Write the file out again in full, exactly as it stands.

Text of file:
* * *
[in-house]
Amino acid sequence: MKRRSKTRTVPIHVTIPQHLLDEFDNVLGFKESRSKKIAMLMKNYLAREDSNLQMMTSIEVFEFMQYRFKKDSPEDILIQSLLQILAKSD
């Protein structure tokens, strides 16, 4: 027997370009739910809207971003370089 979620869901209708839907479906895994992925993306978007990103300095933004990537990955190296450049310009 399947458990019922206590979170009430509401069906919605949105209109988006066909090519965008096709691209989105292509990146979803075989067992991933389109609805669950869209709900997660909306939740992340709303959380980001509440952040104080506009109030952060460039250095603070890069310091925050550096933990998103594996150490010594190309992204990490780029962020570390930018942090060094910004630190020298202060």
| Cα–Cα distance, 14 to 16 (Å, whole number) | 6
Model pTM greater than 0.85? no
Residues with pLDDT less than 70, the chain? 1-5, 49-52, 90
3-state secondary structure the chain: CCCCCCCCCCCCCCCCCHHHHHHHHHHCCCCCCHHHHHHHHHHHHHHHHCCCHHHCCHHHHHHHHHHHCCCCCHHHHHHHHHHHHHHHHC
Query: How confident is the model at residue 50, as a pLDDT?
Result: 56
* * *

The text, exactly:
[in-house]
Amino acid sequence: MKRRSKTRTVPIHVTIPQHLLDEFDNVLGFKESRSKKIAMLMKNYLAREDSNLQMMTSIEVFEFMQYRFKKDSPEDILIQSLLQILAKSD
């Protein structure tokens, strides 16, 4: 027997370009739910809207971003370089 979620869901209708839907479906895994992925993306978007990103300095933004990537990955190296450049310009 399947458990019922206590979170009430509401069906919605949105209109988006066909090519965008096709691209989105292509990146979803075989067992991933389109609805669950869209709900997660909306939740992340709303959380980001509440952040104080506009109030952060460039250095603070890069310091925050550096933990998103594996150490010594190309992204990490780029962020570390930018942090060094910004630190020298202060």
| Cα–Cα distance, 14 to 16 (Å, whole number) | 6
Model pTM greater than 0.85? no
Residues with pLDDT less than 70, the chain? 1-5, 49-52, 90
3-state secondary structure the chain: CCCCCCCCCCCCCCCCCHHHHHHHHHHCCCCCCHHHHHHHHHHHHHHHHCCCHHHCCHHHHHHHHHHHCCCCCHHHHHHHHHHHHHHHHC
Query: How confident is the model at residue 50, as a pLDDT?
Result: 56